12. I rang Samaritans this morning; here in the UK they're an emotional support phoneline and I've always been reluctant to call since I thought there were people that needed it more - but I didn't know what to do. I've been awake since the early hours and crying a lot, sitting outside to get away from the claustral feeling in the house. I feel so ill; not physically in the slightest - just mentally sick, trapped, overwhelmed, terrified and scared. I think this is basically anxious-depression at it's worst and I can't seem to manage to do much else than ride it out. I'm big on drawing myself out of my own head, be it playing a videogame or just being mindful for a little while. I also want to beat this, thinking clearly and trying to tackle things just makes sense - but my brain is fighting me. Even when I picked up a videogame at 8AM this morning and was mostly engrossed, I could physically feel the anxiety coming over me and setting in for the morning. It's really unpleasant being uncomfortable in your own comfort zone. Now I'm scared of going to sleep at night because I know the 'reset switch' will be flicked by morning and I'll be thrown awake by my own body around the same time as the bird song. I know I posted about this recently... it seems to be getting worse. Reality is now becoming more of a nightmare than a nightmare. I start counselling tomorrow. Though I'm not entirely sure if this is something counselling can fix, it seems really biological and as if I've developed somesort of psychological terror alongside. I'm faced with the grim reality that antidepressants might be the next step, again. As well as counselling. I don't know what to do right now, other than accept that I'm ill and it's the last thing I want - I KNOW I need more things in my life. Frustratingly, I don't feel safe and at ease unless I'm with my fiancé. I spent a few weeks with him as of late... I was doing mostly OK then. Now he's 40 miles away living elsewhere because of work. He's supportive, loving and I'm stable around him - but it'll be a while before we can move in together. I want to be a better person for him and hold down a job, get better before then... but trying to do that just seems to be making things worse... If you have any words, please talk to me. I'm at the end of my tether.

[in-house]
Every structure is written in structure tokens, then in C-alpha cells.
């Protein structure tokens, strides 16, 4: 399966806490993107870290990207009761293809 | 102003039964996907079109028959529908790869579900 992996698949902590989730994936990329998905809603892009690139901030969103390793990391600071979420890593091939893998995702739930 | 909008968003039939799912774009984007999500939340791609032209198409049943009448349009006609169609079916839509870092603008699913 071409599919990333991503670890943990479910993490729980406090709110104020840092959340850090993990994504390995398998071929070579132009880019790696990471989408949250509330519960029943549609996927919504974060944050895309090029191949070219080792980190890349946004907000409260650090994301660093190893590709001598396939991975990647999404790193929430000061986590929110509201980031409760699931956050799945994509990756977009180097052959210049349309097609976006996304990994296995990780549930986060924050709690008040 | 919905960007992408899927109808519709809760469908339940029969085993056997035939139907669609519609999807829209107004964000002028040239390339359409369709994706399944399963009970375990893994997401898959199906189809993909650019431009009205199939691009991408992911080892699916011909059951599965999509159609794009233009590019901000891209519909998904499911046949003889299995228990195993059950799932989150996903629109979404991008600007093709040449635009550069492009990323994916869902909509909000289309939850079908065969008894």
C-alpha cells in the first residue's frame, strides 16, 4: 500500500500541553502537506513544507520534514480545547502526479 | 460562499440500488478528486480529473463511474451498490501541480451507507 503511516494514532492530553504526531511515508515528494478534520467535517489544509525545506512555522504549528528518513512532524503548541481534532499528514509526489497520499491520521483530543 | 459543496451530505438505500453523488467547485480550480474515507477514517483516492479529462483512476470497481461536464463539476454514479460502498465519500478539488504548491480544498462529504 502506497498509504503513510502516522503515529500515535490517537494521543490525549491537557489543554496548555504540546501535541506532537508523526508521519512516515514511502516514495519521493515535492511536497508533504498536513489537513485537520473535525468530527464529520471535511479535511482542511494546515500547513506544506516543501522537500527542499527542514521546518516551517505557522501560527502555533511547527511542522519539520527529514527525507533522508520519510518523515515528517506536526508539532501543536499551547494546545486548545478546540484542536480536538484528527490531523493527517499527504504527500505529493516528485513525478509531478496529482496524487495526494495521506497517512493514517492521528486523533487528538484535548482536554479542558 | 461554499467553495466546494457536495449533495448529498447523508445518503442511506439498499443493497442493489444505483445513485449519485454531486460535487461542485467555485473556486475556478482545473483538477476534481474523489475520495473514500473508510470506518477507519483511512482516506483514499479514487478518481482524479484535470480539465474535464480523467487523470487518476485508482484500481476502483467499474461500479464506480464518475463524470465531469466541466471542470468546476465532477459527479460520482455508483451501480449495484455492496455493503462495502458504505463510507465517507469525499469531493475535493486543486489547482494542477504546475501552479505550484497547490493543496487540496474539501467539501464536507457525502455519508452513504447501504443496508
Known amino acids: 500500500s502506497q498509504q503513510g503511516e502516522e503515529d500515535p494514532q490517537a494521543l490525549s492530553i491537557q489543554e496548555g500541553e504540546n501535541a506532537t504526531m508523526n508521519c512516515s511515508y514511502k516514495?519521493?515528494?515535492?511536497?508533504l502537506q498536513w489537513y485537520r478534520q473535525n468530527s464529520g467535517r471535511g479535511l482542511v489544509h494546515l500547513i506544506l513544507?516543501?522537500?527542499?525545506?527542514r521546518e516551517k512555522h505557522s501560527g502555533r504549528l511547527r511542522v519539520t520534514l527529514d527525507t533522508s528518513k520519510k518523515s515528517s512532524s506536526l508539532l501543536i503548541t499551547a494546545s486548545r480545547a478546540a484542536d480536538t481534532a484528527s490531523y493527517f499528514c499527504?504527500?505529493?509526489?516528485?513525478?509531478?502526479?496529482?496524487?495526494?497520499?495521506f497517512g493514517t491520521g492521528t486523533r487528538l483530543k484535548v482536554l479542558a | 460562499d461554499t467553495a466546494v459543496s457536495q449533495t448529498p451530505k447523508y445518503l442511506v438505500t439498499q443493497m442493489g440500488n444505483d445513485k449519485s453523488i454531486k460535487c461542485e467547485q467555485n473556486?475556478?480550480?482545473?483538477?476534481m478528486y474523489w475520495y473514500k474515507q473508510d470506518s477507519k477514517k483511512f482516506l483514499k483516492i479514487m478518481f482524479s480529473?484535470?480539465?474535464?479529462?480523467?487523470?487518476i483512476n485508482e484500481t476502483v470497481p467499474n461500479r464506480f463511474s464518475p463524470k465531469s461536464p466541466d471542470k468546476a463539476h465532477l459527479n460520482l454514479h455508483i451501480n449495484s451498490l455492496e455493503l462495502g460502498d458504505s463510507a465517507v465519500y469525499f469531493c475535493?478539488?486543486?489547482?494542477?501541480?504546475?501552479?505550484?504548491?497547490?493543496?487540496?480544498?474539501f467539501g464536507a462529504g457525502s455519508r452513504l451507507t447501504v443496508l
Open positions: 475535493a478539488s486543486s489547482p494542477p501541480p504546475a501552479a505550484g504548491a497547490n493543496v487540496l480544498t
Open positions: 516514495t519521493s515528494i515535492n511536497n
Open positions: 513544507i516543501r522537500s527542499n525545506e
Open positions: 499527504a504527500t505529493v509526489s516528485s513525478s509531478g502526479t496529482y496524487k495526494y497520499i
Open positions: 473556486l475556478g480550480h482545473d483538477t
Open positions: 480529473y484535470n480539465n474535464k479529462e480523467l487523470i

13. Have you tried the merry-go-round of awful-to-okay antidepressants on the market? Sounds like there might be some diurnal variation in it as well since you mentioned waking up feeling anxious/scared - something I myself am having a lot of trouble with and abates to a more 'transient anxiety' by the evening. But the mornings - it's like liquid fear coursing through my body when I wake up. Distraction will help but this aching low is something you need to resolve. Bottling it up could mean you'll hit rock bottom - or you might do it in a routine. You might need some things to shake life up; backpacking, redecorating where you live, a day trip; something new to change things up in your routine. You might have to figure out new aspects of daily life that'll interest you; i.e. learning a language, meditation. Of course, that's only something you can figure out. If you're having trouble sleeping, trazodone might help. No experience of it myself but I hear it's good for insomnia, not much antidepressive action until you go up from the low doses.